I frequently hear moms sharing how they are frustrated with homeschooling. I totally get it. We have been doing this for 20 years so far (eight kids), and I’m not going to lie. It can be HARD.
Often, you finally find a good groove and before you know it, things are bumpy again. Even downright crazy. I sometimes have visions of waving to my children as they ride away in the yellow school bus leaving me to a quiet home and my own thoughts. Let someone else deal with figuring all this school stuff out!
But I know myself. That would last maybe a week, and I would hate not having those days with our kids. Not being part of what they are learning and just BEING together.
I’ve learned that there is an ebb and flow to homeschooling, and it can get hard for a myriad of reasons: sometimes our curriculum isn’t working, or maybe we are in a challenging season of life (pregnancy, death, move, job change, marriage struggles). Sometimes we are expecting too much out of our children too soon. Often we are expecting too much of ourselves.
I have noticed that when we are having a string of bad days, after wading through the mess in my head, there is often one thing that it comes down to: unruly children and unkept boundaries.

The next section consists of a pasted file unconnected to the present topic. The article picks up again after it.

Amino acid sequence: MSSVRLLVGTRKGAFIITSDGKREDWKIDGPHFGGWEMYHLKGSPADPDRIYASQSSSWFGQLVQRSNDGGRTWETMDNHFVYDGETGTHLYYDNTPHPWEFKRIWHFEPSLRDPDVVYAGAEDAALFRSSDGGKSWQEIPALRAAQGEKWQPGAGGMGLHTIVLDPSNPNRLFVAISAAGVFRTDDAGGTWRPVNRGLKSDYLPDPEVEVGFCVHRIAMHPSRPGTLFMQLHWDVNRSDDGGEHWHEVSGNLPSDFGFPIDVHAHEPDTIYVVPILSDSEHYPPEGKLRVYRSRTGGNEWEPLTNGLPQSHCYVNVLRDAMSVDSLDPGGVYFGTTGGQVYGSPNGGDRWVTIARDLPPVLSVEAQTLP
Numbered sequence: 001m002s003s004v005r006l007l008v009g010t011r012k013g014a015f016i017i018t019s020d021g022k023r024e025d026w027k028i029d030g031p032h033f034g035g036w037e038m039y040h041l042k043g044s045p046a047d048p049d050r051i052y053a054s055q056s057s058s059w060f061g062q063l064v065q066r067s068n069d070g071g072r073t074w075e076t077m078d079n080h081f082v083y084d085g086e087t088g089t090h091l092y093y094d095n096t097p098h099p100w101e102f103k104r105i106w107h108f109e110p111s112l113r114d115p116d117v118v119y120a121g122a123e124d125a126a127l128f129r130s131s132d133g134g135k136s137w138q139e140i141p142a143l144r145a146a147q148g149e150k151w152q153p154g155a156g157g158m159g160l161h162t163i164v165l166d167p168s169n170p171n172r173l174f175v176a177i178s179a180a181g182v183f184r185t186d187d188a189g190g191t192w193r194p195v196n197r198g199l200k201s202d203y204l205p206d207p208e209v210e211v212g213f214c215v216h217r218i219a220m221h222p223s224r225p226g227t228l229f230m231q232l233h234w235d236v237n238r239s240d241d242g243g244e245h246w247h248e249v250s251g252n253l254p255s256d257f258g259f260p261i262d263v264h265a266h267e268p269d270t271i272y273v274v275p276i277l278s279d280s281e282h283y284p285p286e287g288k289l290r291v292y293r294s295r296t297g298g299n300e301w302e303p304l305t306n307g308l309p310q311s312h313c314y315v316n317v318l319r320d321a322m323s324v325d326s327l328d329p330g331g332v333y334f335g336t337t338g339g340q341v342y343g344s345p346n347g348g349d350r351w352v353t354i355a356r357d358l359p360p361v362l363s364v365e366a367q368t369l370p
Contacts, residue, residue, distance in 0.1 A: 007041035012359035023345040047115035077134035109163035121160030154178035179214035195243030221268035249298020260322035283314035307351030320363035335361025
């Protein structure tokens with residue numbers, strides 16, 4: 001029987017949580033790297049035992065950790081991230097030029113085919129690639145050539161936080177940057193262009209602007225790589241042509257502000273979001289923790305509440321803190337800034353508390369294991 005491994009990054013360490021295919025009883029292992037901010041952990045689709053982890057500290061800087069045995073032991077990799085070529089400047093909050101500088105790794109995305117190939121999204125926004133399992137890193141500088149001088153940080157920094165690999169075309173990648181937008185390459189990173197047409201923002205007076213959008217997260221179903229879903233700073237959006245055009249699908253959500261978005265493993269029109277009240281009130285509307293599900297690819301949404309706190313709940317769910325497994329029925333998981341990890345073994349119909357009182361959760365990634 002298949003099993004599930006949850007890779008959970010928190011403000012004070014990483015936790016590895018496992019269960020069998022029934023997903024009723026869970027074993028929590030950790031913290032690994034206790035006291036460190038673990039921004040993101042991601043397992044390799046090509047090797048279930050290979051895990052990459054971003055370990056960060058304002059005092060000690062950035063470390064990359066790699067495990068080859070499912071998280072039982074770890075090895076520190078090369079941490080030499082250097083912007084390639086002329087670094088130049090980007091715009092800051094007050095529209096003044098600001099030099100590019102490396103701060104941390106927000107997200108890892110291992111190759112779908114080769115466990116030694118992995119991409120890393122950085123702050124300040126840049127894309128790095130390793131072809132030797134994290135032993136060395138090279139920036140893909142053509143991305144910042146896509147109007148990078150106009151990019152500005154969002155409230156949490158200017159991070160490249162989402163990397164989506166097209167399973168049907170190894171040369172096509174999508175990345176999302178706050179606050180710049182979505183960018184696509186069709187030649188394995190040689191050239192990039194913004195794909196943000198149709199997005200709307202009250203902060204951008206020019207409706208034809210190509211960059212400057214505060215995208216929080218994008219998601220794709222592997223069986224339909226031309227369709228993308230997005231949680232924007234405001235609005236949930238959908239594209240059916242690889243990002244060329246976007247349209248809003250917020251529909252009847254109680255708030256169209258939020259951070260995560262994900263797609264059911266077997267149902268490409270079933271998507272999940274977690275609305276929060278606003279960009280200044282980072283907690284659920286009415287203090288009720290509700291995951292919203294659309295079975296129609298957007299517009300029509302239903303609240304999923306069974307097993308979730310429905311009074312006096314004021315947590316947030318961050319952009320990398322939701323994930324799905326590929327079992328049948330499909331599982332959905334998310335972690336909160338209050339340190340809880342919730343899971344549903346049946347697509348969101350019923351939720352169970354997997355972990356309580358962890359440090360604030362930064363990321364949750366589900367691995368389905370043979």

If I really stop and think about it, more often than not, I have been distracted for one reason or another, and I have unknowingly slacked off in staying on a routine of checking the kids’ work (chores and book work), giving them too much freedom and not enough responsibility, letting them be disrespectful, not helping them resolve conflicts properly between each other, and so on.
Here’s the deal: kids learn best within boundaries. They are most creative within boundaries. Boundaries are an important part of helping a child feel secure. And those boundaries need to be consistent, or things get thrown off kilter.
As moms….as homeschooling moms, we need to often take an account of how we are doing at providing secure, consistent boundaries in our homes. We can have the smartest kid in town, but if he/she is lacking in discipline and character, we can still raise a fool. So don’t be afraid to let character training and boundary setting trump schoolwork any day.
We want our kids to be well educated, but more importantly we want them to be wise.
Remember to keep first things first.